• “The growth of intra-EU trade … slowed down in the 20 years after the foundation of the single market”
      Not dissimilar to the remain claim that we would be £4300 per year worse off. It uses the same principles. The economy would continue to grow, but not at the rate as if we stayed in and the difference is £4300 per year less than if we stayed in. Both sides wrong in their workings out.

      The EU is responsible for “£600 million worth of extra regulation per week for UK businesses”
      Sounder banks – ROFLMFAO who on earth dreamed that one up. Red tape costs – period, having been a small business owner – I know!

      “The United States of America have access” to the single market
      The tariffs are immaterial, the statement is correct, which you acknowledge.

      “Measures to prop up the euro … will embroil us further in fiscal harmonisation”
      We have a net contribution of £9 – £10 billion per year to the EU coffers and we have no say in how that is spent. If they want to use it to prop up the Euro, we can do nowt about it. We may not make a direct contribution to any bail outs, but they will find other ways of “fining” us for performing too well or other such reason. This money could, conceivably, find it’s way into the bail out structure.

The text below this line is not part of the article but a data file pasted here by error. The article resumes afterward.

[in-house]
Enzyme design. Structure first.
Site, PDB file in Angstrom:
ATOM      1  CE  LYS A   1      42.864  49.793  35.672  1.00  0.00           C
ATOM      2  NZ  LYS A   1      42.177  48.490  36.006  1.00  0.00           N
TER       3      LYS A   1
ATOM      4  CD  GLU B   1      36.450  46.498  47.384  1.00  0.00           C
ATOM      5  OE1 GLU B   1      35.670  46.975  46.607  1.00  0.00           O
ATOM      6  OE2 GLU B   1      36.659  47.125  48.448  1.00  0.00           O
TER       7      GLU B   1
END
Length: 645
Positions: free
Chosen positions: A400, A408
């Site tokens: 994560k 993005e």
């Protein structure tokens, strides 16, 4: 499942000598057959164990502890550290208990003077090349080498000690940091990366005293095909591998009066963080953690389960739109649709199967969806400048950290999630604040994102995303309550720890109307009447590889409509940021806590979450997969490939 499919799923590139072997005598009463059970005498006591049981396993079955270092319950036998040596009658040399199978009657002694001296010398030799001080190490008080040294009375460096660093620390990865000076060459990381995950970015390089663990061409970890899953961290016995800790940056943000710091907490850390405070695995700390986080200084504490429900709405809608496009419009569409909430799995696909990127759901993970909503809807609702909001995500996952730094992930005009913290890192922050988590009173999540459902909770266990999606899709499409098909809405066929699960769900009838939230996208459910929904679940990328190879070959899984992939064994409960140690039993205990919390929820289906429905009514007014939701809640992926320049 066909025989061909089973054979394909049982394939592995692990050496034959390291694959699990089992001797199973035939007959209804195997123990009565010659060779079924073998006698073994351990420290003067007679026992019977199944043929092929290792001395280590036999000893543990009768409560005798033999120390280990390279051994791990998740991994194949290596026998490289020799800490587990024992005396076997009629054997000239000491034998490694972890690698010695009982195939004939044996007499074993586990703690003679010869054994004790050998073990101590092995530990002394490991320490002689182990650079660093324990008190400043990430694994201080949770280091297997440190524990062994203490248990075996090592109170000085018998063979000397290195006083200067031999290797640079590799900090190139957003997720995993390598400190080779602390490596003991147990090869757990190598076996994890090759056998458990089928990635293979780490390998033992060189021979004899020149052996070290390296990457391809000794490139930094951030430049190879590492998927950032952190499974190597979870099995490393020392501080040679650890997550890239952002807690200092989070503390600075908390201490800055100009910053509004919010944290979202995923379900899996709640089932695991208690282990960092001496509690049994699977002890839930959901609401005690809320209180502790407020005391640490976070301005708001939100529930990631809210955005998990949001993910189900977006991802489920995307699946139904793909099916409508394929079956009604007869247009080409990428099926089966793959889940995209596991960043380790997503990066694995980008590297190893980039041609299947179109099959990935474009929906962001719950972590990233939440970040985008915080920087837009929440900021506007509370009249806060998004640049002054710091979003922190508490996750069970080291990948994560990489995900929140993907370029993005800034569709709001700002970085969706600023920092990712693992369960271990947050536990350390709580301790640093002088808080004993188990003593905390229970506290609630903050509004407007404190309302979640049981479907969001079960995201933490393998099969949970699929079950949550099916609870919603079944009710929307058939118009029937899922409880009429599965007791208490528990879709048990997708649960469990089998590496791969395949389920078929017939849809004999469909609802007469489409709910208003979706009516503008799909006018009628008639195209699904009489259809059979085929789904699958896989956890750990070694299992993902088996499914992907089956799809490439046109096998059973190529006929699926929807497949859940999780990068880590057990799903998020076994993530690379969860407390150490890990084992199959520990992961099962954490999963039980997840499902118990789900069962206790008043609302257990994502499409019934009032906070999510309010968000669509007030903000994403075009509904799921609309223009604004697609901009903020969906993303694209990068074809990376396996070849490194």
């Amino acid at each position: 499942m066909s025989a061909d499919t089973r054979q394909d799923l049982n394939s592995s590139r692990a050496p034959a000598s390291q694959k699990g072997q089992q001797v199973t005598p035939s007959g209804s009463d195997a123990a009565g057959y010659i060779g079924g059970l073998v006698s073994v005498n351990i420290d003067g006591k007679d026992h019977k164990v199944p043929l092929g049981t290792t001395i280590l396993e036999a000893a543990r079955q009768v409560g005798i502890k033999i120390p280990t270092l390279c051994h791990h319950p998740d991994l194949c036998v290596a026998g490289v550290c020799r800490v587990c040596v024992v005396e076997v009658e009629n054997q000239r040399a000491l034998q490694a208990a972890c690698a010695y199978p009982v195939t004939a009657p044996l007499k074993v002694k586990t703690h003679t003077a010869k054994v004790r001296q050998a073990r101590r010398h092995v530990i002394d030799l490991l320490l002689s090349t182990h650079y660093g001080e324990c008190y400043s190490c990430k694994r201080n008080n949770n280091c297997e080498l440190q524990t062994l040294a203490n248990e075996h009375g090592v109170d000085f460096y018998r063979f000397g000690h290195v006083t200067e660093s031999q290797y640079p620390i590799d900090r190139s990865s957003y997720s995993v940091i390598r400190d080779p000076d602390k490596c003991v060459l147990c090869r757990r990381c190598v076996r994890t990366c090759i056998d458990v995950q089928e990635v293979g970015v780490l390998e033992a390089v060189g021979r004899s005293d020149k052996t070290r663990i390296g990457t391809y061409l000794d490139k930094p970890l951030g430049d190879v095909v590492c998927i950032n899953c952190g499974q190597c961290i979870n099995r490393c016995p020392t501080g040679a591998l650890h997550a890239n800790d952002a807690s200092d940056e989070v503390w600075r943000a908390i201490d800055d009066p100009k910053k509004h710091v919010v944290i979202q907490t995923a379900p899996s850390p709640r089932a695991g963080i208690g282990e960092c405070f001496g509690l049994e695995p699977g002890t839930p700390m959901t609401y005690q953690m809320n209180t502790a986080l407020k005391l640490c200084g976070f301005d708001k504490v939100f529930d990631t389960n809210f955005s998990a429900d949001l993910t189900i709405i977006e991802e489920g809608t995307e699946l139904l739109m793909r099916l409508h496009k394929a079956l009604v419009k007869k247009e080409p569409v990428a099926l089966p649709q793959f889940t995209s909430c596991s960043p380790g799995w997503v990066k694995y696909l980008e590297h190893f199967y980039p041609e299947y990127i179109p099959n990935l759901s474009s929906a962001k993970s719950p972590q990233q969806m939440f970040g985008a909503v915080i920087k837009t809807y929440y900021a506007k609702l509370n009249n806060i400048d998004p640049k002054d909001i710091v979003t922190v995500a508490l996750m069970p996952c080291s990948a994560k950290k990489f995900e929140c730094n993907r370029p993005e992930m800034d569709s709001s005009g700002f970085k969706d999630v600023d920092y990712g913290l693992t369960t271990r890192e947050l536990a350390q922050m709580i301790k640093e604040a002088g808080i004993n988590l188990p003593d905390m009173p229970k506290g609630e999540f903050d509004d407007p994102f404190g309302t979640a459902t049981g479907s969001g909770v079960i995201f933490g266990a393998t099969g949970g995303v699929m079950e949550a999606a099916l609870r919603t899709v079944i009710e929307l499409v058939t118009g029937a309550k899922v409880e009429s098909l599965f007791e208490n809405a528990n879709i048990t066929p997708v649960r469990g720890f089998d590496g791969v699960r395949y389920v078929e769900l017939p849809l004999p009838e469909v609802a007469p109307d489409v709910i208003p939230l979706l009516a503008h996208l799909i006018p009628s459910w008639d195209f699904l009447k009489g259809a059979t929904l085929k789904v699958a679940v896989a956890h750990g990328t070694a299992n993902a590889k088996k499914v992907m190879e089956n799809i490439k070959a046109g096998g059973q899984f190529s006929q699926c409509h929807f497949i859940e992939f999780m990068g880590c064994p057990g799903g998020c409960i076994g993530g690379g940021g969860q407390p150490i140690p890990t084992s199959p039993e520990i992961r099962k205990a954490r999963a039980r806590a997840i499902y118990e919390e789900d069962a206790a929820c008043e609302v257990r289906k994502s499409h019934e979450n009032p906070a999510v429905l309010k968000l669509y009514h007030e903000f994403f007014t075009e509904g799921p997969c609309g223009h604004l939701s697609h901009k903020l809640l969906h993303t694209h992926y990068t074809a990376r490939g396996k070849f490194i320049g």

Uncontrolled EU immigration means “we cannot .. recruit to the NHS… the people who might want to work in the system”

      9% of NHS doctors are from the EU. Wouldn’t disagree with that, but how long have they been here and it totally misses the point. Just suppose that we are short on doctors and none from the EU wish to work here. Because of the measures placed against immigrants from other countries, we are restricted from employing them. So we discriminate against those from India, Africa, Australia and every other country NOT in the EU. This is what the statement refers to!

      Migration imposes “huge unfunded pressures on the NHS and on other public services”
      You need to get uptodate with your figures. John Humphries is wrong and so is Eurostat and University College London. They are working on out of date figures. European immigrants to Britain cost the taxpayer £3 million a day last year, according to a new analysis. Source; http://www.telegraph.co.uk/news/2016/05/16/immigration-from-europe-cost-the-british-taxpayer-3m-a-day-last/

      It is also a fact that immigration is indeed causing serious pressures on the NHS, schools, jobs etc. albeit in certain defined areas of high immigrant populations.